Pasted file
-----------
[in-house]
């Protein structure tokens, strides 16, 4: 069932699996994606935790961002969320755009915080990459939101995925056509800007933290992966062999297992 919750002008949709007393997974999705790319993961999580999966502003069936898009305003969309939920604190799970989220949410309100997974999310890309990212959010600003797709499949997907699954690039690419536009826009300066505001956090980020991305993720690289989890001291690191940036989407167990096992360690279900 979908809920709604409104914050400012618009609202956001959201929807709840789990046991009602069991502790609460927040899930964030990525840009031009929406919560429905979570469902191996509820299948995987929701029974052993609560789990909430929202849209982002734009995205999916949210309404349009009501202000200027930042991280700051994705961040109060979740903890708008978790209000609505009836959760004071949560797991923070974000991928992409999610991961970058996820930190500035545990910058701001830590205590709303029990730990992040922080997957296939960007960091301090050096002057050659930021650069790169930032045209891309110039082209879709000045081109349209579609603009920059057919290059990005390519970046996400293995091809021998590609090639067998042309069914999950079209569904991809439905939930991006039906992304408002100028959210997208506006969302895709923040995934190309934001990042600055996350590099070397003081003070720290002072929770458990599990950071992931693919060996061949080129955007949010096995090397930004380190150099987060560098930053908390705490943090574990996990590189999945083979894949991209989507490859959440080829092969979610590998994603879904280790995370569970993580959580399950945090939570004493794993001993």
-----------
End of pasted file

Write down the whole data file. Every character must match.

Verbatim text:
[in-house]
């Protein structure tokens, strides 16, 4: 069932699996994606935790961002969320755009915080990459939101995925056509800007933290992966062999297992 919750002008949709007393997974999705790319993961999580999966502003069936898009305003969309939920604190799970989220949410309100997974999310890309990212959010600003797709499949997907699954690039690419536009826009300066505001956090980020991305993720690289989890001291690191940036989407167990096992360690279900 979908809920709604409104914050400012618009609202956001959201929807709840789990046991009602069991502790609460927040899930964030990525840009031009929406919560429905979570469902191996509820299948995987929701029974052993609560789990909430929202849209982002734009995205999916949210309404349009009501202000200027930042991280700051994705961040109060979740903890708008978790209000609505009836959760004071949560797991923070974000991928992409999610991961970058996820930190500035545990910058701001830590205590709303029990730990992040922080997957296939960007960091301090050096002057050659930021650069790169930032045209891309110039082209879709000045081109349209579609603009920059057919290059990005390519970046996400293995091809021998590609090639067998042309069914999950079209569904991809439905939930991006039906992304408002100028959210997208506006969302895709923040995934190309934001990042600055996350590099070397003081003070720290002072929770458990599990950071992931693919060996061949080129955007949010096995090397930004380190150099987060560098930053908390705490943090574990996990590189999945083979894949991209989507490859959440080829092969979610590998994603879904280790995370569970993580959580399950945090939570004493794993001993």